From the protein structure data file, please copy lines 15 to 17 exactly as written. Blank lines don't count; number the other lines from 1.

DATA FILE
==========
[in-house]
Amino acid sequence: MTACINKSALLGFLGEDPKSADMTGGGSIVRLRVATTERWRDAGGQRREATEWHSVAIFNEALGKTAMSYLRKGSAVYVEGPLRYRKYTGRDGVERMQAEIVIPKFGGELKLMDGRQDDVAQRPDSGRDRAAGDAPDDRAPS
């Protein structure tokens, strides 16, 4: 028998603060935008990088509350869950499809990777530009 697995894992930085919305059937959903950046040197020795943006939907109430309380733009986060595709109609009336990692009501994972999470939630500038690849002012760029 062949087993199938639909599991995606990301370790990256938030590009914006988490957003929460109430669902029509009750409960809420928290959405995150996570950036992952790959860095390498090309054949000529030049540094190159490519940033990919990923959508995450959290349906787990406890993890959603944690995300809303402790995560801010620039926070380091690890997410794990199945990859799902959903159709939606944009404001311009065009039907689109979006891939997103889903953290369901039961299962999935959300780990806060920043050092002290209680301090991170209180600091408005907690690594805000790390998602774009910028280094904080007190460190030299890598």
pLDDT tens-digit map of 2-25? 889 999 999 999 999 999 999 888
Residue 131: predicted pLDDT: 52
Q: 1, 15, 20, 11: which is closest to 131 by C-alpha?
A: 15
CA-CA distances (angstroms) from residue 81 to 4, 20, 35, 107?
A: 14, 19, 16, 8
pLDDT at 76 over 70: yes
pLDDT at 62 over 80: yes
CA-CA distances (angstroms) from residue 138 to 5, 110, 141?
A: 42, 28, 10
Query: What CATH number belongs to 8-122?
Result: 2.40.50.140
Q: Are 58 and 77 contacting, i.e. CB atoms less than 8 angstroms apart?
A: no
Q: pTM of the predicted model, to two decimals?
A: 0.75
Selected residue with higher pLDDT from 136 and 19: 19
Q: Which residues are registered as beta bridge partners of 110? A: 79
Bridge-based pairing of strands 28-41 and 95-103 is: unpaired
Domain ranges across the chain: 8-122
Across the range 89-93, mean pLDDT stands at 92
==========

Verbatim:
Result: 2.40.50.140
Q: Are 58 and 77 contacting, i.e. CB atoms less than 8 angstroms apart?
A: no